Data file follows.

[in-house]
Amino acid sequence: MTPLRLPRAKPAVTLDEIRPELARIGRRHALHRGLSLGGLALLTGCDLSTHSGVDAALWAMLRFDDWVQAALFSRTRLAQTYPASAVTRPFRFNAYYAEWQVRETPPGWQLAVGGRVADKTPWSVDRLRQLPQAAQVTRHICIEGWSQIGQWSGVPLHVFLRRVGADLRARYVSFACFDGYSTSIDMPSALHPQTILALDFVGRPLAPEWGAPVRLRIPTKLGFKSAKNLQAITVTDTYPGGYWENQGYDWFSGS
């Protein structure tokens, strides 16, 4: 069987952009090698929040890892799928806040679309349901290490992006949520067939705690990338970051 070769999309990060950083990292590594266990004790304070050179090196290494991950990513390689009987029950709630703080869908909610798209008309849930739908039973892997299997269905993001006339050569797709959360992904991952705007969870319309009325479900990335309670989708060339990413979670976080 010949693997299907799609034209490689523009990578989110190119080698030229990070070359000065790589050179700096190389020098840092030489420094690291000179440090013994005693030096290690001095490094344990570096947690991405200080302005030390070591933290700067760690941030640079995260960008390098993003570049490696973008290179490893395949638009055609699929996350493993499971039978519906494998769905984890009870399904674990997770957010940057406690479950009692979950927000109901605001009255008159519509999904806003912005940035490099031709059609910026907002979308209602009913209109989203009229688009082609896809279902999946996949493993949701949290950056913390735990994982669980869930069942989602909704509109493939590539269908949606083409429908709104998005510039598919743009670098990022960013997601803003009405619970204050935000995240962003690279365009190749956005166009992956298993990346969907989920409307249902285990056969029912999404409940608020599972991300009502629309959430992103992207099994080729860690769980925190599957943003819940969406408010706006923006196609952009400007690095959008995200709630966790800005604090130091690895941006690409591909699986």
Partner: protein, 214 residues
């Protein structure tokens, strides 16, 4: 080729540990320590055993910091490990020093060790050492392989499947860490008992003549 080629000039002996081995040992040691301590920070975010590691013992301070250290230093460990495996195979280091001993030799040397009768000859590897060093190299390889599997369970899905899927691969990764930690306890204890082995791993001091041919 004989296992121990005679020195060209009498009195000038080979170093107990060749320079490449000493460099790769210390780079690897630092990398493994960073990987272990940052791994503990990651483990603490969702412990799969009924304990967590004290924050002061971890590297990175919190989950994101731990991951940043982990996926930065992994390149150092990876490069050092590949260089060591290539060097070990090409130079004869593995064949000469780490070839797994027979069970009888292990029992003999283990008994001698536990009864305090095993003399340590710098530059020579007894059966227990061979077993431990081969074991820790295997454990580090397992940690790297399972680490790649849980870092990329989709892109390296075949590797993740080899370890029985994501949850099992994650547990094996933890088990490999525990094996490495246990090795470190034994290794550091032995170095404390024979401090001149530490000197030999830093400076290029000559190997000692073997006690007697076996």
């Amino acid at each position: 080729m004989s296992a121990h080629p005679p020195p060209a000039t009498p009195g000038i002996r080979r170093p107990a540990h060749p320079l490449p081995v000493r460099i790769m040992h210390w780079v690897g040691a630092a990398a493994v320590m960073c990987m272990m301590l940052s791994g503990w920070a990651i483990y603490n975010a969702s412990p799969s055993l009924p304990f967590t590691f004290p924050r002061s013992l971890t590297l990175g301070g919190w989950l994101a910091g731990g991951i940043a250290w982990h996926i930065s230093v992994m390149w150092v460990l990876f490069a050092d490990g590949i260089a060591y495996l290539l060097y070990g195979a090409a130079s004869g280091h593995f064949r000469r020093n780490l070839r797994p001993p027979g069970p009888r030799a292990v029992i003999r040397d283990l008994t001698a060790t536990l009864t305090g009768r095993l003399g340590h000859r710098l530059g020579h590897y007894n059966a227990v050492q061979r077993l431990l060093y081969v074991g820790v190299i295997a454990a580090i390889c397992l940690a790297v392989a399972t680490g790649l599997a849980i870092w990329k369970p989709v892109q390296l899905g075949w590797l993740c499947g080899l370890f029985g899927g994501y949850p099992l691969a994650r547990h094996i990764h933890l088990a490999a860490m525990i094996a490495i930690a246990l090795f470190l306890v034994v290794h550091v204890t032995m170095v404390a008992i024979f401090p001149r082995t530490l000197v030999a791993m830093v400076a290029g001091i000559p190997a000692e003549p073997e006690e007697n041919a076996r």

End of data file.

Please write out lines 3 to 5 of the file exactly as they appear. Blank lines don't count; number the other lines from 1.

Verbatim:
């Protein structure tokens, strides 16, 4: 069987952009090698929040890892799928806040679309349901290490992006949520067939705690990338970051 070769999309990060950083990292590594266990004790304070050179090196290494991950990513390689009987029950709630703080869908909610798209008309849930739908039973892997299997269905993001006339050569797709959360992904991952705007969870319309009325479900990335309670989708060339990413979670976080 010949693997299907799609034209490689523009990578989110190119080698030229990070070359000065790589050179700096190389020098840092030489420094690291000179440090013994005693030096290690001095490094344990570096947690991405200080302005030390070591933290700067760690941030640079995260960008390098993003570049490696973008290179490893395949638009055609699929996350493993499971039978519906494998769905984890009870399904674990997770957010940057406690479950009692979950927000109901605001009255008159519509999904806003912005940035490099031709059609910026907002979308209602009913209109989203009229688009082609896809279902999946996949493993949701949290950056913390735990994982669980869930069942989602909704509109493939590539269908949606083409429908709104998005510039598919743009670098990022960013997601803003009405619970204050935000995240962003690279365009190749956005166009992956298993990346969907989920409307249902285990056969029912999404409940608020599972991300009502629309959430992103992207099994080729860690769980925190599957943003819940969406408010706006923006196609952009400007690095959008995200709630966790800005604090130091690895941006690409591909699986």
Partner: protein, 214 residues
């Protein structure tokens, strides 16, 4: 080729540990320590055993910091490990020093060790050492392989499947860490008992003549 080629000039002996081995040992040691301590920070975010590691013992301070250290230093460990495996195979280091001993030799040397009768000859590897060093190299390889599997369970899905899927691969990764930690306890204890082995791993001091041919 004989296992121990005679020195060209009498009195000038080979170093107990060749320079490449000493460099790769210390780079690897630092990398493994960073990987272990940052791994503990990651483990603490969702412990799969009924304990967590004290924050002061971890590297990175919190989950994101731990991951940043982990996926930065992994390149150092990876490069050092590949260089060591290539060097070990090409130079004869593995064949000469780490070839797994027979069970009888292990029992003999283990008994001698536990009864305090095993003399340590710098530059020579007894059966227990061979077993431990081969074991820790295997454990580090397992940690790297399972680490790649849980870092990329989709892109390296075949590797993740080899370890029985994501949850099992994650547990094996933890088990490999525990094996490495246990090795470190034994290794550091032995170095404390024979401090001149530490000197030999830093400076290029000559190997000692073997006690007697076996």